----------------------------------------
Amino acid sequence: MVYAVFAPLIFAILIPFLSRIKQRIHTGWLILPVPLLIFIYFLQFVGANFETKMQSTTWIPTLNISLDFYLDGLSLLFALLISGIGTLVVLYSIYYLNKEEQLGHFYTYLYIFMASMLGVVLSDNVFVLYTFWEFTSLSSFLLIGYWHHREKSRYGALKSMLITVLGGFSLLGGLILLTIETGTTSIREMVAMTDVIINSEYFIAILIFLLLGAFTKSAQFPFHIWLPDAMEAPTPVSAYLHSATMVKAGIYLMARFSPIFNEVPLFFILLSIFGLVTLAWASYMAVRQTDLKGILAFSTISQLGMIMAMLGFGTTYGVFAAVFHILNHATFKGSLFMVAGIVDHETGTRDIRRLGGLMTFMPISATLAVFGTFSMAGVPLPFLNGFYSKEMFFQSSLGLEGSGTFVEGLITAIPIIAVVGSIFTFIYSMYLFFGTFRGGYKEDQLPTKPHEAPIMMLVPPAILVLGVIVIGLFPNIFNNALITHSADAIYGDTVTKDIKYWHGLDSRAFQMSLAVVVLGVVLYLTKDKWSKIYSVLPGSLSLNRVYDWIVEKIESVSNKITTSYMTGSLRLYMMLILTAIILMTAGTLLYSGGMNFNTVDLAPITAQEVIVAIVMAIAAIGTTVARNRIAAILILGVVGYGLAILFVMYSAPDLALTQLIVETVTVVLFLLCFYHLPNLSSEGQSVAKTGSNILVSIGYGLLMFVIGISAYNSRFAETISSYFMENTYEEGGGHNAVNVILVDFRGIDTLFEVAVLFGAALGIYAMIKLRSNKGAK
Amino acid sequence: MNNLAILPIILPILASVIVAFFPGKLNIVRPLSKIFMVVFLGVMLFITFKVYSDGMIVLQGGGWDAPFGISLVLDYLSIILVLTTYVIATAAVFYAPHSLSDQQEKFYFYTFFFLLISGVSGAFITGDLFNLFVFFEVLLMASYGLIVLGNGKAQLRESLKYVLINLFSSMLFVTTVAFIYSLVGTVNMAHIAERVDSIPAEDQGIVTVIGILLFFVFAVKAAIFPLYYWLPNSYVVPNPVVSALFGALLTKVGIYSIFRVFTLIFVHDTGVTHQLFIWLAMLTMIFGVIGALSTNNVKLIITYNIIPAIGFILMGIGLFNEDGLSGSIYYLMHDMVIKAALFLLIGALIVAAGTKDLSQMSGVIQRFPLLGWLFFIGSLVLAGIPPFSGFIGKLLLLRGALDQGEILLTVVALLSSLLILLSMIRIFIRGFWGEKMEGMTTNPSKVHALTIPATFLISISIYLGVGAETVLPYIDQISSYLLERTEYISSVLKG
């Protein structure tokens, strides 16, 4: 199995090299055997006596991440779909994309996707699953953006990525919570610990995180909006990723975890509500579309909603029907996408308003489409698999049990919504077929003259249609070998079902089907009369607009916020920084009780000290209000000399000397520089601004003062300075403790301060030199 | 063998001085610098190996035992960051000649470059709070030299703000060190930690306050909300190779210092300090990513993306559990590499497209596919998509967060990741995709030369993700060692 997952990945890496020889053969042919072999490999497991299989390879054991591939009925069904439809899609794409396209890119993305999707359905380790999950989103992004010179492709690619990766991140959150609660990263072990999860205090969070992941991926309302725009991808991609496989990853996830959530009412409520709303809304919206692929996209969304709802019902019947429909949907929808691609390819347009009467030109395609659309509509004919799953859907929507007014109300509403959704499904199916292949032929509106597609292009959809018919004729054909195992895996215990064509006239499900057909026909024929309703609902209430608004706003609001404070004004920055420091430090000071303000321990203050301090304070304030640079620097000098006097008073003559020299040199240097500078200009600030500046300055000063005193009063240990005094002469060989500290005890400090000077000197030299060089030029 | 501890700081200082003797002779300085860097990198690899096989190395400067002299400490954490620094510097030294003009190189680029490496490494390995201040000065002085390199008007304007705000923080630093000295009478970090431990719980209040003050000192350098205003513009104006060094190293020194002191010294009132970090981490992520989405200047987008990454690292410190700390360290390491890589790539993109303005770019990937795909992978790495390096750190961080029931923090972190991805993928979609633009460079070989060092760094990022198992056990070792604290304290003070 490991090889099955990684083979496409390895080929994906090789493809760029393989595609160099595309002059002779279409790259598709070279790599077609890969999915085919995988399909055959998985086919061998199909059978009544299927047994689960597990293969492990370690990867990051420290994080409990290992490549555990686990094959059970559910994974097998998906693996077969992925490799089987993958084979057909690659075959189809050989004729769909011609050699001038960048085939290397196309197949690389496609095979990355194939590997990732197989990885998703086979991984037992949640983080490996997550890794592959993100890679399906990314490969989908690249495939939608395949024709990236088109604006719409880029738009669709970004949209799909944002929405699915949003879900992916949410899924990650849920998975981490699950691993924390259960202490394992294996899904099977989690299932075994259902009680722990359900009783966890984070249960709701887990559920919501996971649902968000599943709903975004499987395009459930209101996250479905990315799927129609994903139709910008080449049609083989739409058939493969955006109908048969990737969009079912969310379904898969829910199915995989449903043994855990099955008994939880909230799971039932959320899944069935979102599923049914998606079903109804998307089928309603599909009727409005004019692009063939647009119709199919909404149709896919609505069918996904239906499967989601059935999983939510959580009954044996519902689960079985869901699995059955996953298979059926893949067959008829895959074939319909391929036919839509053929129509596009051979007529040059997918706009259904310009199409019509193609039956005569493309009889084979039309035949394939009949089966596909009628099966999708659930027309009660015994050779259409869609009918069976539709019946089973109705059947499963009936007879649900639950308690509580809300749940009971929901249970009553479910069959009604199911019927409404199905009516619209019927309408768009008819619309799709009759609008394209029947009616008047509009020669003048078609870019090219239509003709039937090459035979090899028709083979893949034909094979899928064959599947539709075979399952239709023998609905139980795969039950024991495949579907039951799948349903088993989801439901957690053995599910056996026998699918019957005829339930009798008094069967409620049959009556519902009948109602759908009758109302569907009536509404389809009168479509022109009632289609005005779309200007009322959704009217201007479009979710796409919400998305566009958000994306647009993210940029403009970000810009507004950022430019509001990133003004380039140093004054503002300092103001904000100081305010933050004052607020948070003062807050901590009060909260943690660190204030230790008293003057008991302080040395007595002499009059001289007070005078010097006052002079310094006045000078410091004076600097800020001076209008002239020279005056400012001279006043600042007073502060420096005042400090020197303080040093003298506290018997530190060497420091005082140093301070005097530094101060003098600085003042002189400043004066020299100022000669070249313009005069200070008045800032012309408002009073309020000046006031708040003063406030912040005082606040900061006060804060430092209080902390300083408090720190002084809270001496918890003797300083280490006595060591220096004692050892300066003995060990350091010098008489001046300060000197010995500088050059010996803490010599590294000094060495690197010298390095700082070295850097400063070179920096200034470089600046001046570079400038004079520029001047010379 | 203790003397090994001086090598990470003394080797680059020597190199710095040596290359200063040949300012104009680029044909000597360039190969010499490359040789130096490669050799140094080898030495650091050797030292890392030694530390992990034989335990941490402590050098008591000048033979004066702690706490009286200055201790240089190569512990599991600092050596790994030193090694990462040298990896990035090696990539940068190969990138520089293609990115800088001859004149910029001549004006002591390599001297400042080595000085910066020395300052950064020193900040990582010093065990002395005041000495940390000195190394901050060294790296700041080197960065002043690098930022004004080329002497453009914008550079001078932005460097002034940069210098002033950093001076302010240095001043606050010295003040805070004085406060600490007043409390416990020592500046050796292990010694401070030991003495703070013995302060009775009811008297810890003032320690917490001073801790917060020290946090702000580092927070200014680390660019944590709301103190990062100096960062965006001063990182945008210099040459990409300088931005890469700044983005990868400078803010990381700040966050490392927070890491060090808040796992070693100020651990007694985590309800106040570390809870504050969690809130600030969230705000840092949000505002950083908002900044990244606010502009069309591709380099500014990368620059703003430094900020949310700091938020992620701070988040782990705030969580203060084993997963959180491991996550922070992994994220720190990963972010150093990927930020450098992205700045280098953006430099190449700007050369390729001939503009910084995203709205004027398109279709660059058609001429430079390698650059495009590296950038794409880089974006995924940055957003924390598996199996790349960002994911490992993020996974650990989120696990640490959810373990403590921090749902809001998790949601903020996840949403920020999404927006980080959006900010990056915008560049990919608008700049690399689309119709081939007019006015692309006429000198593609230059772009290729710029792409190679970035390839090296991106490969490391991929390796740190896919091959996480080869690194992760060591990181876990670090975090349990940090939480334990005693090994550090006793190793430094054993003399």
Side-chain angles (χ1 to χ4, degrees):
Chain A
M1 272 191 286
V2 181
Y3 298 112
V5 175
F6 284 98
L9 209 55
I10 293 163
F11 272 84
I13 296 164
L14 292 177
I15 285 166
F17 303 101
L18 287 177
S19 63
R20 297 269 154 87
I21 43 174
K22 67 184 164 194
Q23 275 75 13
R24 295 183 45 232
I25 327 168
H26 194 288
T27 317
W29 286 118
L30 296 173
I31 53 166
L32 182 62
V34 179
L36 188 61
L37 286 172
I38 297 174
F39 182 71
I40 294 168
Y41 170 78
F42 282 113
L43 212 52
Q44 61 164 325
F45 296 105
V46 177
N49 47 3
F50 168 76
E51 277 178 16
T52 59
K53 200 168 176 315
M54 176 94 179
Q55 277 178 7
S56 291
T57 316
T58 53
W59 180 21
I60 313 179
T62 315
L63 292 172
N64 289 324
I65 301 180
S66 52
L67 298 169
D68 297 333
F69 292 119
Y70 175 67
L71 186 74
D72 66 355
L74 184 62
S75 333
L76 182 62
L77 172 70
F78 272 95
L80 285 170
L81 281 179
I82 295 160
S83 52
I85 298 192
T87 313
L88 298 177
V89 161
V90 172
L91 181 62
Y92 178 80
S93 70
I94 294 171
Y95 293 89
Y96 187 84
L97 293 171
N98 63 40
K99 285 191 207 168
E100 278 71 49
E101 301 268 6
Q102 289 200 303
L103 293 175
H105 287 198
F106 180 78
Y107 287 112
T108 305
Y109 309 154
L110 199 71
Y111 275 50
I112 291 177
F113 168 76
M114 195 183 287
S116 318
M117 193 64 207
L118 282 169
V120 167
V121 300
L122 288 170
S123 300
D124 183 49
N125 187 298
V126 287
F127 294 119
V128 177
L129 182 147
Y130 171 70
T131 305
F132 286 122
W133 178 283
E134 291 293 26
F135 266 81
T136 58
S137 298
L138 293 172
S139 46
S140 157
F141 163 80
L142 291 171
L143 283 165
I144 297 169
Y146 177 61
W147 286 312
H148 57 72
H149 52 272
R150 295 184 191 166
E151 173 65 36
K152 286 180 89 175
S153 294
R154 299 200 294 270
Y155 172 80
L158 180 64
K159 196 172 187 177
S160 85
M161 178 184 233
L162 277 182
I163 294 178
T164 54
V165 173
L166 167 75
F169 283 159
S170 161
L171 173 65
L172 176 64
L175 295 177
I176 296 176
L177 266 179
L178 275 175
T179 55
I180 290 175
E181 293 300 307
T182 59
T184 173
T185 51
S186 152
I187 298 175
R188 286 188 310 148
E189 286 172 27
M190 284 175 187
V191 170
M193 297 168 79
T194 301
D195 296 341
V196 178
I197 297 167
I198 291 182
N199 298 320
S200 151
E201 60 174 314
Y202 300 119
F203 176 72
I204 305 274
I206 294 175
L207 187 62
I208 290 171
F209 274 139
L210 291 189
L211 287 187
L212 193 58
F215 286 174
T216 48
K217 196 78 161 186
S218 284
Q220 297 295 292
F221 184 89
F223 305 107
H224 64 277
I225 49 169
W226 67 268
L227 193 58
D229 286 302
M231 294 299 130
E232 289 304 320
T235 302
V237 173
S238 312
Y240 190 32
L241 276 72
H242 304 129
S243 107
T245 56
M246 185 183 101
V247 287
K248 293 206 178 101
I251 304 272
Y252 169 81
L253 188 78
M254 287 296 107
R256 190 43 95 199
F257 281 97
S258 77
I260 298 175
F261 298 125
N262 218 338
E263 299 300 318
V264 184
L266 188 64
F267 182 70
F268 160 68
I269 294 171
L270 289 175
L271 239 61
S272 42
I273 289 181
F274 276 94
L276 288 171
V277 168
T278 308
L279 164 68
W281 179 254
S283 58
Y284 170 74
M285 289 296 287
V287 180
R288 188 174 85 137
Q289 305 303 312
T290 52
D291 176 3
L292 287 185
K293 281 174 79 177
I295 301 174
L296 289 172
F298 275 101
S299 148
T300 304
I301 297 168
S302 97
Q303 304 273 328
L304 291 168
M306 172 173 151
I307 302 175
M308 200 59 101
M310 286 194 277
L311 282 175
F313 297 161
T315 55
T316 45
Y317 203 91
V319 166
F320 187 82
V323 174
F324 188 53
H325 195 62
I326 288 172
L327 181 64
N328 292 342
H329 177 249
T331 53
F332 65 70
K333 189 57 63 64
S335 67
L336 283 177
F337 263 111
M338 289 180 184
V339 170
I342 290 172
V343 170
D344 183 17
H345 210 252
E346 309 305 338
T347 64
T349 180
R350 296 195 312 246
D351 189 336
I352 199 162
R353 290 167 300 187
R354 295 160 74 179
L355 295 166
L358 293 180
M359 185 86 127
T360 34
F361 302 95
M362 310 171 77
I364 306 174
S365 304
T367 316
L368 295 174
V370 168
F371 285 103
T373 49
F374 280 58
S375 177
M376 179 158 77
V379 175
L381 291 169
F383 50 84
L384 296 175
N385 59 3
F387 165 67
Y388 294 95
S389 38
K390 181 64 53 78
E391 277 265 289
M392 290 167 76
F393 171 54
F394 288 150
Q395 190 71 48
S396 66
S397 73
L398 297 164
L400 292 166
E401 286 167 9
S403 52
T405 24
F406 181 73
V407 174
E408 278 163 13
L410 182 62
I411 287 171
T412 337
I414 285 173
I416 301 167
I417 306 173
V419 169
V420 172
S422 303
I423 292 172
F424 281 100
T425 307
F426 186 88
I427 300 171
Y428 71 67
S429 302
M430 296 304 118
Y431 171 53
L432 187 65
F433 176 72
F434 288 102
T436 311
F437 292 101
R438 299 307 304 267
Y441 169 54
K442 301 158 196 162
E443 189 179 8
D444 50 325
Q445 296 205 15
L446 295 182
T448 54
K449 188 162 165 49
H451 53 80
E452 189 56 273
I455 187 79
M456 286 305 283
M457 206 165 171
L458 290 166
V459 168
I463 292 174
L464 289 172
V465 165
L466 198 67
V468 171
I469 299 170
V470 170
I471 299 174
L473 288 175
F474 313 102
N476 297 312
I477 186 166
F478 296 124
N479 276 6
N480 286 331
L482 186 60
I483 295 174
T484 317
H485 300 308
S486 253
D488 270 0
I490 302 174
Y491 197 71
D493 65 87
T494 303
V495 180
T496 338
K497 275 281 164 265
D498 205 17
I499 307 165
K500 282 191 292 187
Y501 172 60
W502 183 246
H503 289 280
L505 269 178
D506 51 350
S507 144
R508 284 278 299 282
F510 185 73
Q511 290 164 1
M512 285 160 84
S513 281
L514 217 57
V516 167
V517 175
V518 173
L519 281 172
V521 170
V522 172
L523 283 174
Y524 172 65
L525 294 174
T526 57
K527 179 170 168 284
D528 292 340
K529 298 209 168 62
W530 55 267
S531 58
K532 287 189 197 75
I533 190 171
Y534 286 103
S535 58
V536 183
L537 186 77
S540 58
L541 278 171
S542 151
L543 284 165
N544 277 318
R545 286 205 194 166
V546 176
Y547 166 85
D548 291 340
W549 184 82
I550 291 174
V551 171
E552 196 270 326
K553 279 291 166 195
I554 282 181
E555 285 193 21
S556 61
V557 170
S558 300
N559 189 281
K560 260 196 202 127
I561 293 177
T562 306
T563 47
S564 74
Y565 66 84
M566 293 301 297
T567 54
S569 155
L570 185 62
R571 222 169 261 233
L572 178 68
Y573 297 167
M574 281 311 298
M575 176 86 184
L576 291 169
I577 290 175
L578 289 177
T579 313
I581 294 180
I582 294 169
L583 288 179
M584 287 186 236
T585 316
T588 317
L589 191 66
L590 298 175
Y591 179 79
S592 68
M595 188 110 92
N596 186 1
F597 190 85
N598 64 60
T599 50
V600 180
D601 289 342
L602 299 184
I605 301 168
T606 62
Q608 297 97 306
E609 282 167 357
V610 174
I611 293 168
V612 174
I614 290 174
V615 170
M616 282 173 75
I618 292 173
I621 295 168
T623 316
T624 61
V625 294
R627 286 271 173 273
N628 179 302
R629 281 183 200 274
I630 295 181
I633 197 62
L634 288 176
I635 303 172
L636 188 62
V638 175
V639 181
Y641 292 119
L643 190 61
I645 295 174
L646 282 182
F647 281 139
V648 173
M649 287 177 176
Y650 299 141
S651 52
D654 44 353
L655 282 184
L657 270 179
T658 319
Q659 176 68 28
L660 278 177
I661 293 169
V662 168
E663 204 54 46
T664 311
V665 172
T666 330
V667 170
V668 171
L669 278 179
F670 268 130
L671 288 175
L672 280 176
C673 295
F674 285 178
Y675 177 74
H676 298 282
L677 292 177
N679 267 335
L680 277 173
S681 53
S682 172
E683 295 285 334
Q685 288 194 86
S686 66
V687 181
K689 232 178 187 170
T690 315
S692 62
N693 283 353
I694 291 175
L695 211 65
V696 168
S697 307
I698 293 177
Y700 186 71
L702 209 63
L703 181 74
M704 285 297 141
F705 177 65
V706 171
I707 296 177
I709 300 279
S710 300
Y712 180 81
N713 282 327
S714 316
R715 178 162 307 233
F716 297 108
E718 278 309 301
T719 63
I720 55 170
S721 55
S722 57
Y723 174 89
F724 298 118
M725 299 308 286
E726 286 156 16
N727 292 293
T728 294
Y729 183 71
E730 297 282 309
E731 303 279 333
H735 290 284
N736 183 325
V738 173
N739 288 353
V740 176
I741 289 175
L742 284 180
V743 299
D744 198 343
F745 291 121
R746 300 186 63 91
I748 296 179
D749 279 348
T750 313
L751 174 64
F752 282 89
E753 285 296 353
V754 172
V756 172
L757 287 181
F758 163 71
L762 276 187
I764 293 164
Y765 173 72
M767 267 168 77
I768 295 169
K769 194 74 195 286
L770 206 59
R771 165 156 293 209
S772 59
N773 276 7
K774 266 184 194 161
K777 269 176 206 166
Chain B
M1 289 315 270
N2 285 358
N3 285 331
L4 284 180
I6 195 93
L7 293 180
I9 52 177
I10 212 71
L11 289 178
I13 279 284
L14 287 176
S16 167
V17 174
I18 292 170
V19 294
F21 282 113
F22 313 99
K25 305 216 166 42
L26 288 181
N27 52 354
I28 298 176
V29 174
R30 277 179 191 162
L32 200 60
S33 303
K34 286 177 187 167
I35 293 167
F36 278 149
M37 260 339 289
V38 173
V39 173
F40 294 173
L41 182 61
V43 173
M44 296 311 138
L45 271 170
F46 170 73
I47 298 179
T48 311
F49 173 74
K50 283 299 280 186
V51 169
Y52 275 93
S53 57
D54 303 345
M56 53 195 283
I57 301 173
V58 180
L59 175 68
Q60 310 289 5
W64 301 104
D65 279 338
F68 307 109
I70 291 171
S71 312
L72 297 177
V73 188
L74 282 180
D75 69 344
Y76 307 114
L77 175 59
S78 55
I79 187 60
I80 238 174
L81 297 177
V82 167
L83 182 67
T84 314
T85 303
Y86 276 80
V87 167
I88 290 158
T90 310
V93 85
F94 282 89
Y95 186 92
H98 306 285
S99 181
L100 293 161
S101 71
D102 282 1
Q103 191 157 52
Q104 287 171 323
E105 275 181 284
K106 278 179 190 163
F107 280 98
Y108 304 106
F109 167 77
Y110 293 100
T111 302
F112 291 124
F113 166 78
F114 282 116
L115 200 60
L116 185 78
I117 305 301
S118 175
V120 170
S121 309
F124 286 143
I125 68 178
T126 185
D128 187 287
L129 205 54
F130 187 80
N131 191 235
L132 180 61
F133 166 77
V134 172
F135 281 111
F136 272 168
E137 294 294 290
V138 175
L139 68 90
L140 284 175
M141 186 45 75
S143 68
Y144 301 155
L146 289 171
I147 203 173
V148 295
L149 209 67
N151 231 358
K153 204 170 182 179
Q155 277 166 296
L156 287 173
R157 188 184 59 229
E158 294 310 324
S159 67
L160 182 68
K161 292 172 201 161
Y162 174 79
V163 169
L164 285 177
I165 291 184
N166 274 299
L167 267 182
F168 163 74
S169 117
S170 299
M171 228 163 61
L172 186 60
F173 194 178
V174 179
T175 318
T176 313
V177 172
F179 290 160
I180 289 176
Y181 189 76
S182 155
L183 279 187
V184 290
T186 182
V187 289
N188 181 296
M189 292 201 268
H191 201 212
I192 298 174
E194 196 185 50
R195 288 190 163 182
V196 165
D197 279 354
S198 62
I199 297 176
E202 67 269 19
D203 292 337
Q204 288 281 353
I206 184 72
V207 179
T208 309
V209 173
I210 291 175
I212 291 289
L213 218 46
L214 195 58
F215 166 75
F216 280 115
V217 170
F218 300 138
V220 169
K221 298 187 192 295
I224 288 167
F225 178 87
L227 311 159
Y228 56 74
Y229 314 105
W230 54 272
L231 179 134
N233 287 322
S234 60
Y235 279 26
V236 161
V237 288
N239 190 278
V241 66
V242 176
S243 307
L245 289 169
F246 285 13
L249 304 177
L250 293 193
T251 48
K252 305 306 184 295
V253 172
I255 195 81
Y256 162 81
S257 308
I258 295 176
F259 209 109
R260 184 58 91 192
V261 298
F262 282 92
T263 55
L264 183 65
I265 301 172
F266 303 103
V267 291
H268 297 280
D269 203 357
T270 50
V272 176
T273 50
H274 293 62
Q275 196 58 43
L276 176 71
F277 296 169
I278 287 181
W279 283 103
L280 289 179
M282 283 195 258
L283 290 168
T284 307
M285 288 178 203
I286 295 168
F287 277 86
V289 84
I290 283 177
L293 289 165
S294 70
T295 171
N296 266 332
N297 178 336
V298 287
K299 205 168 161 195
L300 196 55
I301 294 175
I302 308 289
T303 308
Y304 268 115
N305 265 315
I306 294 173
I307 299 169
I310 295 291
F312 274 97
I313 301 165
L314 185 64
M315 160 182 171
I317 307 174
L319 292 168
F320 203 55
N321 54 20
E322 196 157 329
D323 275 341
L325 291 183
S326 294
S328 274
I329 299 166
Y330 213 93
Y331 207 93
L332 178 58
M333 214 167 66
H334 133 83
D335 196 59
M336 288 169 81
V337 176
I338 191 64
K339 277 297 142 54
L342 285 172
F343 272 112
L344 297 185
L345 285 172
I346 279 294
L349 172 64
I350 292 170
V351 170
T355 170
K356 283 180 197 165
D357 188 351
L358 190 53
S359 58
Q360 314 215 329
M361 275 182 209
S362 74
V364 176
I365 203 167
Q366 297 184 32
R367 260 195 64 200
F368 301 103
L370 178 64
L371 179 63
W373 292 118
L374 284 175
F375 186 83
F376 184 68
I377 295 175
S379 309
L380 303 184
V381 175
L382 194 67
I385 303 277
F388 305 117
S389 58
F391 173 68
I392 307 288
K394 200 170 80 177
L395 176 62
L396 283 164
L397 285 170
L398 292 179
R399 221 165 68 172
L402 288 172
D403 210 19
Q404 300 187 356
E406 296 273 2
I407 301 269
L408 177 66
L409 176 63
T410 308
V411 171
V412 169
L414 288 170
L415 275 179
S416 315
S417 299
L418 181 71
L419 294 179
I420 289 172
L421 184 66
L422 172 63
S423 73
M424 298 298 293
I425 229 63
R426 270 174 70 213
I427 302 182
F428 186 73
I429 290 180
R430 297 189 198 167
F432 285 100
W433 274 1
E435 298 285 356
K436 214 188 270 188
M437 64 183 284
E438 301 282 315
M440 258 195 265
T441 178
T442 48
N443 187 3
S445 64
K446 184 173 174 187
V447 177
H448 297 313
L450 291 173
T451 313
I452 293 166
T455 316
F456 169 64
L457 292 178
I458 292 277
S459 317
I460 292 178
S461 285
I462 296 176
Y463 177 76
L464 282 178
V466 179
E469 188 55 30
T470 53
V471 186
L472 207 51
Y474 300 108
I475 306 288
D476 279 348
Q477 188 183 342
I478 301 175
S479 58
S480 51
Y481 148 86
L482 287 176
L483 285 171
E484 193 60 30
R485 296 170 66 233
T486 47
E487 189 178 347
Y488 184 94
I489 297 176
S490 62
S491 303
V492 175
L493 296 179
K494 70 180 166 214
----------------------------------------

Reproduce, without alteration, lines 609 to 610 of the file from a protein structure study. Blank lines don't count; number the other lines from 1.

F745 291 121
R746 300 186 63 91